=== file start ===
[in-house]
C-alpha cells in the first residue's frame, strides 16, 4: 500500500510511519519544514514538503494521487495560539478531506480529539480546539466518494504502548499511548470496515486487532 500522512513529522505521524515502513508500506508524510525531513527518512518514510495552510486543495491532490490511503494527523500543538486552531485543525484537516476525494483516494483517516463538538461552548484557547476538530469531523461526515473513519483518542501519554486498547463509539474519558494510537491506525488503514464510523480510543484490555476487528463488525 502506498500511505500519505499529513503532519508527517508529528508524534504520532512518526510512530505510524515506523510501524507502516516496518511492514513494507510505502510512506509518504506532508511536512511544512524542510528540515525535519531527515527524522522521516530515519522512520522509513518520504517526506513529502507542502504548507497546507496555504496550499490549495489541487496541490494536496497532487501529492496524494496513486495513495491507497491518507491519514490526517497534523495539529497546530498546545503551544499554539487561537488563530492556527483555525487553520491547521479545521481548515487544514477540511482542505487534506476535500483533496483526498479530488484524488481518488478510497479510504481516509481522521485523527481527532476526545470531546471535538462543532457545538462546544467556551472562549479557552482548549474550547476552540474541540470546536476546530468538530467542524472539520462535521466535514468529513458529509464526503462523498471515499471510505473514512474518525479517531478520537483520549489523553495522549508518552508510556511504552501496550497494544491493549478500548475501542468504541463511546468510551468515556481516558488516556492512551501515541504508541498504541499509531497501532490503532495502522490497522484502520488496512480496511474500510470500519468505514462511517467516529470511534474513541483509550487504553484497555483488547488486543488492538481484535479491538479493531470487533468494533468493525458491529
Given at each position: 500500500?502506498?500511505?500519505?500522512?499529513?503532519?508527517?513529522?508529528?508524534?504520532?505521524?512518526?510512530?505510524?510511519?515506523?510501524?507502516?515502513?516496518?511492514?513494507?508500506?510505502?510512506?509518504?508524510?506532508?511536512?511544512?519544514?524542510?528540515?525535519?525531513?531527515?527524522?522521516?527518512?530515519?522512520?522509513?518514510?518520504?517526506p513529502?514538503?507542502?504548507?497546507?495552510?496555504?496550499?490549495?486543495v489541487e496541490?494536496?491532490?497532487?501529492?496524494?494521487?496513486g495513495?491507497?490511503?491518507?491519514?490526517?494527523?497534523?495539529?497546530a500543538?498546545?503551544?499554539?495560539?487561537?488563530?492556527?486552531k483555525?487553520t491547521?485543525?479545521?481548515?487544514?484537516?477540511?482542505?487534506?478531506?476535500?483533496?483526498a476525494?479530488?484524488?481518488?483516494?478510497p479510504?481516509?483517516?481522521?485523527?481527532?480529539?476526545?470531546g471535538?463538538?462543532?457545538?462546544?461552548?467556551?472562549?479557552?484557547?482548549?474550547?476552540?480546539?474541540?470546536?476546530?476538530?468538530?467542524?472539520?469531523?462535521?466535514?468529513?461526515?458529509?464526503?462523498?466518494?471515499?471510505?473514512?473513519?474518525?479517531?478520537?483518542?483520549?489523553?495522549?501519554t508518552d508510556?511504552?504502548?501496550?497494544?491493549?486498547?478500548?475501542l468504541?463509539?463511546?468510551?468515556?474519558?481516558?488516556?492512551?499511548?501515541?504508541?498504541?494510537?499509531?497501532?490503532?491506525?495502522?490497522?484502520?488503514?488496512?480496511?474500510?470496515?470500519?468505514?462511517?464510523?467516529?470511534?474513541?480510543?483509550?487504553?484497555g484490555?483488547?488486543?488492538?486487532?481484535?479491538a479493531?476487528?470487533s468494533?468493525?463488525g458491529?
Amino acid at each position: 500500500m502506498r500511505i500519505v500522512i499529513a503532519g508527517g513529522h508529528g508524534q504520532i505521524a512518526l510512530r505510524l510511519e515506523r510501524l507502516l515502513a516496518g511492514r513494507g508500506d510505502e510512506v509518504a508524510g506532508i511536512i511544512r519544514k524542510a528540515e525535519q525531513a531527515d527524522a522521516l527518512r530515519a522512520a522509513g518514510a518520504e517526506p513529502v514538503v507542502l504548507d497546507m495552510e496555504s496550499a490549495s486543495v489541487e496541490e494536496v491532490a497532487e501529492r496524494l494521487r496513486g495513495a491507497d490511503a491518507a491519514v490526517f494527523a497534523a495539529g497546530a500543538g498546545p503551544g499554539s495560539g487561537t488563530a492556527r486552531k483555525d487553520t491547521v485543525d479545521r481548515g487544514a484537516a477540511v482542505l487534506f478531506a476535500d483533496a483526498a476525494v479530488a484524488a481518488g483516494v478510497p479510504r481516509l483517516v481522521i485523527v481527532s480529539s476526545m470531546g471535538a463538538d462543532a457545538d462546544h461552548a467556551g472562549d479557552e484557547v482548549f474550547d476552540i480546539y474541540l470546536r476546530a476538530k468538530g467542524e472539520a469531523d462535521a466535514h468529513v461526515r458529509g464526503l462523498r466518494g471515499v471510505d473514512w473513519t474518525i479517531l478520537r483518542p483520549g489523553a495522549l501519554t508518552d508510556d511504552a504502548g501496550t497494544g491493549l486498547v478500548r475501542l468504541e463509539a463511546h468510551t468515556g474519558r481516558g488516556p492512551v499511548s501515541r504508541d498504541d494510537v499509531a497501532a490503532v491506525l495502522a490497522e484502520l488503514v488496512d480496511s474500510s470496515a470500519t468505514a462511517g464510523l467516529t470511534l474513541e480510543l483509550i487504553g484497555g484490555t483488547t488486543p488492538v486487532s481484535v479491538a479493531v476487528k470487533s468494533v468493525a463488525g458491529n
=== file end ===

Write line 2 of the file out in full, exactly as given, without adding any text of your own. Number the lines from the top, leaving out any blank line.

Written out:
C-alpha cells in the first residue's frame, strides 16, 4: 500500500510511519519544514514538503494521487495560539478531506480529539480546539466518494504502548499511548470496515486487532 500522512513529522505521524515502513508500506508524510525531513527518512518514510495552510486543495491532490490511503494527523500543538486552531485543525484537516476525494483516494483517516463538538461552548484557547476538530469531523461526515473513519483518542501519554486498547463509539474519558494510537491506525488503514464510523480510543484490555476487528463488525 502506498500511505500519505499529513503532519508527517508529528508524534504520532512518526510512530505510524515506523510501524507502516516496518511492514513494507510505502510512506509518504506532508511536512511544512524542510528540515525535519531527515527524522522521516530515519522512520522509513518520504517526506513529502507542502504548507497546507496555504496550499490549495489541487496541490494536496497532487501529492496524494496513486495513495491507497491518507491519514490526517497534523495539529497546530498546545503551544499554539487561537488563530492556527483555525487553520491547521479545521481548515487544514477540511482542505487534506476535500483533496483526498479530488484524488481518488478510497479510504481516509481522521485523527481527532476526545470531546471535538462543532457545538462546544467556551472562549479557552482548549474550547476552540474541540470546536476546530468538530467542524472539520462535521466535514468529513458529509464526503462523498471515499471510505473514512474518525479517531478520537483520549489523553495522549508518552508510556511504552501496550497494544491493549478500548475501542468504541463511546468510551468515556481516558488516556492512551501515541504508541498504541499509531497501532490503532495502522490497522484502520488496512480496511474500510470500519468505514462511517467516529470511534474513541483509550487504553484497555483488547488486543488492538481484535479491538479493531470487533468494533468493525458491529